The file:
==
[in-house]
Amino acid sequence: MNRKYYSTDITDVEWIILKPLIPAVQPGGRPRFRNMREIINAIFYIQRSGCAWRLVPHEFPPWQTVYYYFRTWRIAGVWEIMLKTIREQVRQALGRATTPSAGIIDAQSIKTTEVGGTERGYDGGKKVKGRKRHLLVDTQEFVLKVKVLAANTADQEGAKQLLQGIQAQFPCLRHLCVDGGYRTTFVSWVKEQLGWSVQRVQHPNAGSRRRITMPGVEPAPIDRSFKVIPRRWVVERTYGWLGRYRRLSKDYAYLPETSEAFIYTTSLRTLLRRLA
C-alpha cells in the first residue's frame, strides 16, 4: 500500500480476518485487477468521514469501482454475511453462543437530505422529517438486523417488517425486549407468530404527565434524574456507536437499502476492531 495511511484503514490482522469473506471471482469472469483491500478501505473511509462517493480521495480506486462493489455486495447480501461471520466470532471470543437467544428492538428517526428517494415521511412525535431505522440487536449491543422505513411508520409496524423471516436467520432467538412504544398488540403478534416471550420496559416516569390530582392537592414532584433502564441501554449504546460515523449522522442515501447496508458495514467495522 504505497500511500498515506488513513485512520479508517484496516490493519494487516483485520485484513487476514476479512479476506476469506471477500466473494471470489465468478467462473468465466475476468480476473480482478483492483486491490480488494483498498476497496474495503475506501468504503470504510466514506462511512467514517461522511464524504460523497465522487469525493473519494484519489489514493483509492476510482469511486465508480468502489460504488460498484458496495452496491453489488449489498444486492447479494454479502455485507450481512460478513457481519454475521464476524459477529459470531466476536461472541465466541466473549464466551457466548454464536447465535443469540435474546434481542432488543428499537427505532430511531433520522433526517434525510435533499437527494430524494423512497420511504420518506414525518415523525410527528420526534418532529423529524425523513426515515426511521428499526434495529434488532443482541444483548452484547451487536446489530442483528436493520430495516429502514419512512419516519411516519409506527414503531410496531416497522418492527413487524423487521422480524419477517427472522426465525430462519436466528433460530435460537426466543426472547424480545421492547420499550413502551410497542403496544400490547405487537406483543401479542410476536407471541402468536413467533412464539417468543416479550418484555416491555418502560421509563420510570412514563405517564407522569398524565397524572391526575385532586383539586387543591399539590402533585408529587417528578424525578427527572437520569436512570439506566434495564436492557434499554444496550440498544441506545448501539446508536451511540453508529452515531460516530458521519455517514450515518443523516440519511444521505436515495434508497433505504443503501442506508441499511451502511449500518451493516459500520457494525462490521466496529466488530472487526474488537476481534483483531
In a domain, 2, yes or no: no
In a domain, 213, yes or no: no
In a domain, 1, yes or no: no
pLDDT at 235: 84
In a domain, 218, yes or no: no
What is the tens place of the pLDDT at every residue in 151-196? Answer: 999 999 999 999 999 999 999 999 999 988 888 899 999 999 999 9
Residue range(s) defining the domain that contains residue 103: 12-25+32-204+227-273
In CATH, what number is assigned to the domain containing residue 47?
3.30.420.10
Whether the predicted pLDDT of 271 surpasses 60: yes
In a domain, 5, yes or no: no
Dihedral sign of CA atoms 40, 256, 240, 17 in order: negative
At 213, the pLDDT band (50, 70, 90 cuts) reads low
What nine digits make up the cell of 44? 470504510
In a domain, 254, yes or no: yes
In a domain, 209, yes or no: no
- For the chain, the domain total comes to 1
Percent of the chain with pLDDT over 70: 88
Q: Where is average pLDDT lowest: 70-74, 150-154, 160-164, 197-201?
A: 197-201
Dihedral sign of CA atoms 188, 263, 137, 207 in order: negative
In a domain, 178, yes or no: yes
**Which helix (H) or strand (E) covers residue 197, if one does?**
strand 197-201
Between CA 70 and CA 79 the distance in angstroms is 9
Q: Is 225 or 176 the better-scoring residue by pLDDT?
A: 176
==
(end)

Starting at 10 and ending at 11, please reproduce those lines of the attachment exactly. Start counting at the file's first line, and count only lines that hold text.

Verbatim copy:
Residue range(s) defining the domain that contains residue 103: 12-25+32-204+227-273
In CATH, what number is assigned to the domain containing residue 47?